PowerShell with a Purpose Blog

PowerShell v3: Unraveling the Versions

Sometimes it can seem like Microsoft is deliberately trying to confuse us.

Like its predecessors, PowerShell v3 installs to %systemroot%\WindowsPowerShell\v1.0. Does that mean it's still version 1.0? Well, in a sense, yes: It's v1.0 of PowerShell's language engine, which hasn't changed much over the three versions we've had so far. Microsoft's plan is to continue using the 1.0 language engine unit they have to make some change that isn't backward-compatible. At that time, they'll come up with 2.0 of the language engine, so that the two engines can potentially live side by side.

Check the $host.version variable and you'll definitely see that v3 is installed:

PS C:\> $host.version

Major  Minor  Build  Revision
-----  -----  -----  --------
3      0      -1     -1

But that's not the only version you may have to work with. You see, PowerShell v3's actual functional code - it's true engine, if you will - can live side by side with the v2.0 engine. There are a couple of reasons for this, one of which is developers who've taken some kind of hardcoded dependency on v2, and whose code will crash or refuse to run if it sees itself running on v3. Sometimes, that isn't an indication of an incompatibility, it's just code that's checking for "2.0" and which won't run if it sees anything else. Kinda like older apps that insisted on running on Windows 2000, that had to be tricked if we wanted them to run on Windows XP.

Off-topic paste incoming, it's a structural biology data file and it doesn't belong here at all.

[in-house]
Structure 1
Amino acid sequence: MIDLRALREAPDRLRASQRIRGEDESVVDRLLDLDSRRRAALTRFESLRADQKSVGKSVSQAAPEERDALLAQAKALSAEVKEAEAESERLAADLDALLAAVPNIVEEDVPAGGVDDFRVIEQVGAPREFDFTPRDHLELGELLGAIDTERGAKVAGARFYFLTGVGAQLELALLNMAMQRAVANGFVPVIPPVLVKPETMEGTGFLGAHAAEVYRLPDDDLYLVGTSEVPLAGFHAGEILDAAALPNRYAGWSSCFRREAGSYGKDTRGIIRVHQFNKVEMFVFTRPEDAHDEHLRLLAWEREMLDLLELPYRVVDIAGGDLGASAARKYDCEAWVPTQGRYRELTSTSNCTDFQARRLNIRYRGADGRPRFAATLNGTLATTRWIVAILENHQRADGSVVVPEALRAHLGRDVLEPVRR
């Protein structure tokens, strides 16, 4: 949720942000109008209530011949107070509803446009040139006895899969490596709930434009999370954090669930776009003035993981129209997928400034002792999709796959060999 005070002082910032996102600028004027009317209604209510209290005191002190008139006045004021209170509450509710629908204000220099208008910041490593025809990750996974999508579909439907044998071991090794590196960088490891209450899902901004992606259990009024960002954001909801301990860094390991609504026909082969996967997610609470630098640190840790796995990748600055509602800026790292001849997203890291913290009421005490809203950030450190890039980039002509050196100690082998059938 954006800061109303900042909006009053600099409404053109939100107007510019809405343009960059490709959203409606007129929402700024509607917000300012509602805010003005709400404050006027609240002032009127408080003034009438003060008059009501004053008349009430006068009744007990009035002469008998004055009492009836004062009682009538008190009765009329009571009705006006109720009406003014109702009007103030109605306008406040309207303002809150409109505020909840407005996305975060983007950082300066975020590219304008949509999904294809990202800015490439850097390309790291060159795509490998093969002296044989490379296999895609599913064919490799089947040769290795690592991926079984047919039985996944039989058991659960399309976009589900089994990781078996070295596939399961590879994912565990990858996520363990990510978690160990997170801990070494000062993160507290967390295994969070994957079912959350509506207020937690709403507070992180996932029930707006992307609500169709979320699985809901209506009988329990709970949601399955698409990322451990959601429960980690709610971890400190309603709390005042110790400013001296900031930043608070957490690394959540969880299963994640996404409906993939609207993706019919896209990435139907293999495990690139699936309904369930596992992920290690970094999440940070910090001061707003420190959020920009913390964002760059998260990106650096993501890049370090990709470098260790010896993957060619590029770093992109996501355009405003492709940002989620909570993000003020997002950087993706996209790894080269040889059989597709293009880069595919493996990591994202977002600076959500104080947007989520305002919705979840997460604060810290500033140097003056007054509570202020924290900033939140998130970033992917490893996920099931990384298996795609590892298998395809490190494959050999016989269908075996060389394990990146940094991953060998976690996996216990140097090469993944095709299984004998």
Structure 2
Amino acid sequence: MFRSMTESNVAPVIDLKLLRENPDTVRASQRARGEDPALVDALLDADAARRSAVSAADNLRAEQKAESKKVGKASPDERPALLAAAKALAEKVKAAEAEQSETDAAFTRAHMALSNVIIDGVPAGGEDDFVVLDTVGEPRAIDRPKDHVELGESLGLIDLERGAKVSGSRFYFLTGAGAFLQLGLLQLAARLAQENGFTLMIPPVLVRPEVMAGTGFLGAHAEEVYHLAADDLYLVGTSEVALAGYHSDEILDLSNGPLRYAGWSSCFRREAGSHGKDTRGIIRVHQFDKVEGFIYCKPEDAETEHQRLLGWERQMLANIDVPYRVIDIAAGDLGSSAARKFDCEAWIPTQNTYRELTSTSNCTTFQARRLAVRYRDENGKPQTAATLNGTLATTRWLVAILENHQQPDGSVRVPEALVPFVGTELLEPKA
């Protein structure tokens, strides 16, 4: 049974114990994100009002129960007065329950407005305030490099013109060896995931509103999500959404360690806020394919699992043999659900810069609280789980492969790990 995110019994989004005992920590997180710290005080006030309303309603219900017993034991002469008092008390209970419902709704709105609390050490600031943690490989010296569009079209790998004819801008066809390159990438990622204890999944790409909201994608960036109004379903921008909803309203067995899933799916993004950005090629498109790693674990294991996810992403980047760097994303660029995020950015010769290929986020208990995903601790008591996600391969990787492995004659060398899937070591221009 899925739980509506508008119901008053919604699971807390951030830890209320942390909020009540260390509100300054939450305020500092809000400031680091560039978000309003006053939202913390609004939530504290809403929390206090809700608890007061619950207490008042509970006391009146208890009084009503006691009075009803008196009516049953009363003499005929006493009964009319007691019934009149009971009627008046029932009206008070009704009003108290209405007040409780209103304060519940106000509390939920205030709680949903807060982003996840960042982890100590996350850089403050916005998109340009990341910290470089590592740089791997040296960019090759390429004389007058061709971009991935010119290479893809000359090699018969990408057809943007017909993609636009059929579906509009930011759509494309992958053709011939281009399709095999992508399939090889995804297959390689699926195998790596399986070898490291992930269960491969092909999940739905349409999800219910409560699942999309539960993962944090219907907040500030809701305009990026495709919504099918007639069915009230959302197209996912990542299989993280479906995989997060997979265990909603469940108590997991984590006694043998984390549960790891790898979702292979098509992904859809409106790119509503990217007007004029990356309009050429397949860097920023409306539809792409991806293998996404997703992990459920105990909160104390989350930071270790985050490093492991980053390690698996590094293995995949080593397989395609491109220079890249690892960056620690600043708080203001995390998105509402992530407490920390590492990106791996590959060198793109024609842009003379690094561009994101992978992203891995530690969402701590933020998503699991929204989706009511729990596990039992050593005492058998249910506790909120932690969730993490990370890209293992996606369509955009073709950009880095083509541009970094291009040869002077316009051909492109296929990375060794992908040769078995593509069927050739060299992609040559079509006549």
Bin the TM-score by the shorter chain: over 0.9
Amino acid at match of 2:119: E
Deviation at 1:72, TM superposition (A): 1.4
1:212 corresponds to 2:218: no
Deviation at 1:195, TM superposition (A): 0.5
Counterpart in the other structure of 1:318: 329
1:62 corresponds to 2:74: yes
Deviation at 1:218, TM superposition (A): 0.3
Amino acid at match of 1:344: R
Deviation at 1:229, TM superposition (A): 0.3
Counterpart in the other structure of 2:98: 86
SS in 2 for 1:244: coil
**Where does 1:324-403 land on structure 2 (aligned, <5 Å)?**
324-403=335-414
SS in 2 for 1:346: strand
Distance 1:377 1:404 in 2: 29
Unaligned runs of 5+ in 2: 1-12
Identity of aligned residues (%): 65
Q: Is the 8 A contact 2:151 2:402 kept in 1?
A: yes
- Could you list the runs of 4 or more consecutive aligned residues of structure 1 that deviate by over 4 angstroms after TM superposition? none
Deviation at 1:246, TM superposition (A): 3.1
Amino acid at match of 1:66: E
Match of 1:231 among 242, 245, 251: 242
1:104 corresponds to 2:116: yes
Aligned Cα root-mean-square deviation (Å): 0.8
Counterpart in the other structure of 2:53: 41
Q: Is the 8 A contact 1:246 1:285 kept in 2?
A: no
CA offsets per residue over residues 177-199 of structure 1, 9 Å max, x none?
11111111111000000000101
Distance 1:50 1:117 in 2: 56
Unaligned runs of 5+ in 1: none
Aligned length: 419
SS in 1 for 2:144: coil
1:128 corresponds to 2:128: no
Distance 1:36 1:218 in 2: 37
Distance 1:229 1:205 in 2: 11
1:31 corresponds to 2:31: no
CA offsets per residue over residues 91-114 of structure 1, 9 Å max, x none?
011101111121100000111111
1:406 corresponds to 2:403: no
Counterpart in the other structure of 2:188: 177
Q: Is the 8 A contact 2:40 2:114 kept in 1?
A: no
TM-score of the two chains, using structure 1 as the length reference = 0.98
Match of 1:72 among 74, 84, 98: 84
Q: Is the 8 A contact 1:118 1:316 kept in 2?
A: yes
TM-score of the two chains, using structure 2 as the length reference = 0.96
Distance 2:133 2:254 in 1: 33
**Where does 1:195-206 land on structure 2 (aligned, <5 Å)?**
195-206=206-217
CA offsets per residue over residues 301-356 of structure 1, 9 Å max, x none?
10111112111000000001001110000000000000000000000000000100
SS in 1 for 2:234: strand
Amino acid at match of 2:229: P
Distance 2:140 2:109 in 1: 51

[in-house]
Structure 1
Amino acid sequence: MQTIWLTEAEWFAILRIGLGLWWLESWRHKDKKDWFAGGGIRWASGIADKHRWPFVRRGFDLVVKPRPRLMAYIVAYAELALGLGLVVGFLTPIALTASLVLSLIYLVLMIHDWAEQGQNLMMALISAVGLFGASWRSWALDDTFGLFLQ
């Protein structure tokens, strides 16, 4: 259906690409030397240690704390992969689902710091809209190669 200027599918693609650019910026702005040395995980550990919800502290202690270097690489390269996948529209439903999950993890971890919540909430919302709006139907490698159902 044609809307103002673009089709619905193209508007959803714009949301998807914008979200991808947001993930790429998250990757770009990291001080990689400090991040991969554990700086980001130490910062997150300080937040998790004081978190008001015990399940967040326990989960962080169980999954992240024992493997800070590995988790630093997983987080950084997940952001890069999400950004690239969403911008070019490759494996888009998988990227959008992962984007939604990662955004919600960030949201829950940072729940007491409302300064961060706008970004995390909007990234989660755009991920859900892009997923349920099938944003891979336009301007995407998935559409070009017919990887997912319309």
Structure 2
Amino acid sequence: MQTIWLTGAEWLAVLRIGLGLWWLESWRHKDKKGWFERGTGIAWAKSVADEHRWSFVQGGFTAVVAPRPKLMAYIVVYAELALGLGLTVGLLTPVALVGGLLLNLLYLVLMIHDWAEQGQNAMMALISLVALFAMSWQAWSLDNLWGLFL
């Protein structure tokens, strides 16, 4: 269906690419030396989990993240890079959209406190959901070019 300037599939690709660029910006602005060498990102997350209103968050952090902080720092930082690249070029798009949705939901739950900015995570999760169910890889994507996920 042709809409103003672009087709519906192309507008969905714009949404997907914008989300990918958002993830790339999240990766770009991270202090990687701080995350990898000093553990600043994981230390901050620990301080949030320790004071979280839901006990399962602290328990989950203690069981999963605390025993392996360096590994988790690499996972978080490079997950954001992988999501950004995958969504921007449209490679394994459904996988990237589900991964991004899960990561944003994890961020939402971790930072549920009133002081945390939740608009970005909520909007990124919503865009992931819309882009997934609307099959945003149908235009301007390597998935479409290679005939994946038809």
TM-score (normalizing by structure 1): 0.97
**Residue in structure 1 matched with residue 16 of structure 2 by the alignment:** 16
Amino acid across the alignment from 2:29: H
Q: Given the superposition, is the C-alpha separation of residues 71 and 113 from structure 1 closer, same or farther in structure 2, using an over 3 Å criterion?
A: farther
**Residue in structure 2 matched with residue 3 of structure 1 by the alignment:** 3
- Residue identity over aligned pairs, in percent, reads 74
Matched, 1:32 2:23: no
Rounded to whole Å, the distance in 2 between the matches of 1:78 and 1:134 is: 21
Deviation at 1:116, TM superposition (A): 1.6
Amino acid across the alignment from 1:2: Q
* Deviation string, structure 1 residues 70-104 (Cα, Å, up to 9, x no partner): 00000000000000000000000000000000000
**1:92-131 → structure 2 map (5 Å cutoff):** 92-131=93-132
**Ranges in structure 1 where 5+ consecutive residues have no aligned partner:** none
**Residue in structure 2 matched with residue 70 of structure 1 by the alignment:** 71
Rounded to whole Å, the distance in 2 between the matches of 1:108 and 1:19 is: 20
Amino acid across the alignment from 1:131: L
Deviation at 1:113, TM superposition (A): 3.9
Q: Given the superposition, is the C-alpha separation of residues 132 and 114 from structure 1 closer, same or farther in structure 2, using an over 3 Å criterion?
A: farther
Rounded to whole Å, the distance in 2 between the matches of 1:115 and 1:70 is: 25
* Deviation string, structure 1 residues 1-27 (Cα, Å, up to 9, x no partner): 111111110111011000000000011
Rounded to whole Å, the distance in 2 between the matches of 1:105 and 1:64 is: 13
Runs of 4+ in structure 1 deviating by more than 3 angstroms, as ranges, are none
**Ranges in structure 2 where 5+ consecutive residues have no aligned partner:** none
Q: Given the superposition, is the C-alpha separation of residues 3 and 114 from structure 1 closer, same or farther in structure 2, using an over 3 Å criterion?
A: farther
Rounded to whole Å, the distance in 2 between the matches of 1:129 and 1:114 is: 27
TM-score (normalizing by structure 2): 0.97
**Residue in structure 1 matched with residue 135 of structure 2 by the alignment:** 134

Accessing the v2 engine is easy: Just use the -version switch of PowerShell.exe:
PS C:\> powershell -version 2.0
Windows PowerShell
Copyright (C) 2009 Microsoft Corporation. All rights reserved.

PS C:\> $host.version

Major  Minor  Build  Revision
-----  -----  -----  --------
2      0      -1     -1

This gives you full access to the old engine. You can use this trick for scheduling scripts, running them interactively, or whatever you like. Note that this doesn't necessarily play into the #REQUIRES meta-comment: That thing is designed to designate a minimum version of the shell. So a script indicating that it #REQUIRES version 2 will still run on version 3.

Of course, this is all subject to my  standard PowerShell v3 caveat - keep in mind we're dealing with pre-release code.
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